Is being a poor writer a serious impediment as a researcher? I mean if you're particularly bad at writing reports and always get bad feedback as a student for your reports, does that mean my research career would never take off?

The question asks whether researchers working in teams are all required to contribute to composing the reports or can you get away with it if you compensate with other skills?

  • 3
    Related: Does writing matter a lot in research?
    – Ian
    Commented May 23, 2021 at 22:40
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    Not as much as it should be, unfortunately.
    – spacetyper
    Commented May 24, 2021 at 6:28
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    +1 For recognizing that you aren't currently an effective writer, and not simply subjecting others to your lack of skills in that particular area. As Buffy mentions below, writing skills can be learned, so don't give up hope. Instead, you can start learning how to become a better writer! :) Commented May 24, 2021 at 11:03
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    I'd argue that if you feel you're "bad at writing", maybe the real problem is that your level of understanding of whatever you're trying to convey isn't quite what it should be. Writing is a merciless process that exposes every little weakness you might have at the subject.
    – MaxD
    Commented May 24, 2021 at 12:51
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    Poor communication is a serious impediment in every career, not just academic research.
    – Neal
    Commented May 24, 2021 at 13:57

9 Answers 9


Yes, you need to be able to write to be successful in academia, as in many things.

But it is a skill that can be learned. You can take courses and you can practice. And, as with most learning, practice with feedback is the path. It isn't a short path, necessarily, but it is one that you can follow.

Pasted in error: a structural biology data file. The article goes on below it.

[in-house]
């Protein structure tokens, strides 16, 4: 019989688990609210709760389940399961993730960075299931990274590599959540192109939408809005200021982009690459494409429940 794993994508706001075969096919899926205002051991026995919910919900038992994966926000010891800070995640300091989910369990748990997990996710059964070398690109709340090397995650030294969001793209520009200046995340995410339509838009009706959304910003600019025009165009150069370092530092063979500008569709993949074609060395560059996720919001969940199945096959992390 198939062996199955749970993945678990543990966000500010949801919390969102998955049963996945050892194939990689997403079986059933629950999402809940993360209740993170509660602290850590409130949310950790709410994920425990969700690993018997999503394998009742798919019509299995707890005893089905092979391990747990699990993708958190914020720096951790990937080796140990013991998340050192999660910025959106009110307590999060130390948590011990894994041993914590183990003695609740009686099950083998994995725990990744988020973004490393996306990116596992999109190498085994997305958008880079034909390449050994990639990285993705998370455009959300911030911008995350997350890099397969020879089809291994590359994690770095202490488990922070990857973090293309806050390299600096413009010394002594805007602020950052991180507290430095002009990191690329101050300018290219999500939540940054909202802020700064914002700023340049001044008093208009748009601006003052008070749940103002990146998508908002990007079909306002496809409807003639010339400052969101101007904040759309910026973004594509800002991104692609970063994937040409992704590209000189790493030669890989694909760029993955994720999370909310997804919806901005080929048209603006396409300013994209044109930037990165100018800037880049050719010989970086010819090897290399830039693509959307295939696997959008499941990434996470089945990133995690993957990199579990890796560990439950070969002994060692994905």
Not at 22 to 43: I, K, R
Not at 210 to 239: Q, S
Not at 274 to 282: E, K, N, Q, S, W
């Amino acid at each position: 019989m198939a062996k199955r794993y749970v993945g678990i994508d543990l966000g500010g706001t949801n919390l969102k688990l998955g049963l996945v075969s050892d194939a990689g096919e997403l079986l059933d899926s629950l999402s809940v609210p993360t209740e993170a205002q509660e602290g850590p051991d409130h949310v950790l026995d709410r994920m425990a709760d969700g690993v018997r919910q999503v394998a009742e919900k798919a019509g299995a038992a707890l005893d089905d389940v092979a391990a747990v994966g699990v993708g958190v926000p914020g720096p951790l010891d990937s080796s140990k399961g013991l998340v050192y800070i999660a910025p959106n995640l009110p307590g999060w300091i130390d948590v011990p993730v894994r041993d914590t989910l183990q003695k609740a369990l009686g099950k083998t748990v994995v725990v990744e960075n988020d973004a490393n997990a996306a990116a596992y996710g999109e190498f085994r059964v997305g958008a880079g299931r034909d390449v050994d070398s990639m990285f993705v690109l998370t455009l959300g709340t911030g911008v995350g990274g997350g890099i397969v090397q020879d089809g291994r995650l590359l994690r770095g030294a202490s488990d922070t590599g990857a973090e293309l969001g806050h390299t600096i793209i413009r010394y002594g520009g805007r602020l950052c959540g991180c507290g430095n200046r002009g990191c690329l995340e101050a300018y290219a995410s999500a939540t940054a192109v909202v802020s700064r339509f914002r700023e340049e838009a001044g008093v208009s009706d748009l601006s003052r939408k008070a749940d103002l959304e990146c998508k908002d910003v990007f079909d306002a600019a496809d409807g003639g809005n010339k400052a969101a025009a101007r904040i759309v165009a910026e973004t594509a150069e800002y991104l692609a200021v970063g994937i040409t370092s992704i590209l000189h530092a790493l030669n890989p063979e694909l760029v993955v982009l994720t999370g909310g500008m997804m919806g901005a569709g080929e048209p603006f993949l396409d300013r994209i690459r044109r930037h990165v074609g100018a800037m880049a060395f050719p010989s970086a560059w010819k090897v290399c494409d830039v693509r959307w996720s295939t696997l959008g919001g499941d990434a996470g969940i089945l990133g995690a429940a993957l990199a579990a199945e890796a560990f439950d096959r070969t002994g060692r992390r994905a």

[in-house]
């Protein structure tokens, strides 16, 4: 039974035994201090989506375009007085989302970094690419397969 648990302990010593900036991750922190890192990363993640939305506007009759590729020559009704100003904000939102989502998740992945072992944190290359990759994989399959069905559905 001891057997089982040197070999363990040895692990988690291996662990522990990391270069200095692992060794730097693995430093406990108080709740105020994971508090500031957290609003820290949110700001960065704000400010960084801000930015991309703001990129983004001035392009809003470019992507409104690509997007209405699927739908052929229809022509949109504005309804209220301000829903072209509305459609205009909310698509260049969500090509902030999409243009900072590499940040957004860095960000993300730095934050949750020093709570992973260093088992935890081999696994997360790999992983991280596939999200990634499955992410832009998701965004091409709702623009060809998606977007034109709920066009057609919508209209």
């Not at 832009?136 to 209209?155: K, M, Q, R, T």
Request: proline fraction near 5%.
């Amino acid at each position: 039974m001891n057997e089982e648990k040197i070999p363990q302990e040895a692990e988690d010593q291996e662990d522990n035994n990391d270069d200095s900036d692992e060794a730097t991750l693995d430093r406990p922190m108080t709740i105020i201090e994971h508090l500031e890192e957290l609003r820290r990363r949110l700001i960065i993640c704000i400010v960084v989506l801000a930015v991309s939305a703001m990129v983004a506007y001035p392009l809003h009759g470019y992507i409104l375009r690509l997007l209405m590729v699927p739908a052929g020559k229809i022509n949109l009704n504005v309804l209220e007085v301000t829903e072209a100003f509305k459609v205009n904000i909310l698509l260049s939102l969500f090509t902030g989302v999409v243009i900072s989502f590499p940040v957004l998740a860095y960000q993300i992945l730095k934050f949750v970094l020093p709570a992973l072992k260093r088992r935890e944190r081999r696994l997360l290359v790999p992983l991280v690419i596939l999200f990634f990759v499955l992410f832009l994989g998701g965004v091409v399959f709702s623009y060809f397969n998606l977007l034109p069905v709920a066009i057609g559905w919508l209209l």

Actually, there are courses in both creative writing and technical writing.

You need to write with both precision and clarity and sometimes those are in opposition. But practice (with feedback) helps.

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    You've really captured the essence of the primary points in a friendly way. Excellent example of effective writing! Commented May 24, 2021 at 11:04
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    +100: "it is a skill that can be learned. You can take courses and you can practice" - yes, you will not become a brilliant writer, but you will become an effective one with training and discipline. Commented May 24, 2021 at 16:04

If one truly cannot write coherently, yes, that is a serious impediment.

Yes, when/if you get negative feedback on your reports, it means that you need to improve the quality of your writing in those reports.

That's it.

But/and one's writing ability is not an immovable object. One can improve, with effort. Effort.

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    It's not this bad. I can write reasonably well and coherently and am getting better still. The problem is when there is a report with must follow strict rules and improvisation and creativity is frowned upon. I don't approve because that makes some publications extremely dull. Commented May 23, 2021 at 23:00
  • The good news is that in academia there are many fewer of these kinds of contexts ("strict rules ... improvisation and creativity is frowned upon"). That sounds more like a corporate or government environment ...
    – Ben Bolker
    Commented May 23, 2021 at 23:04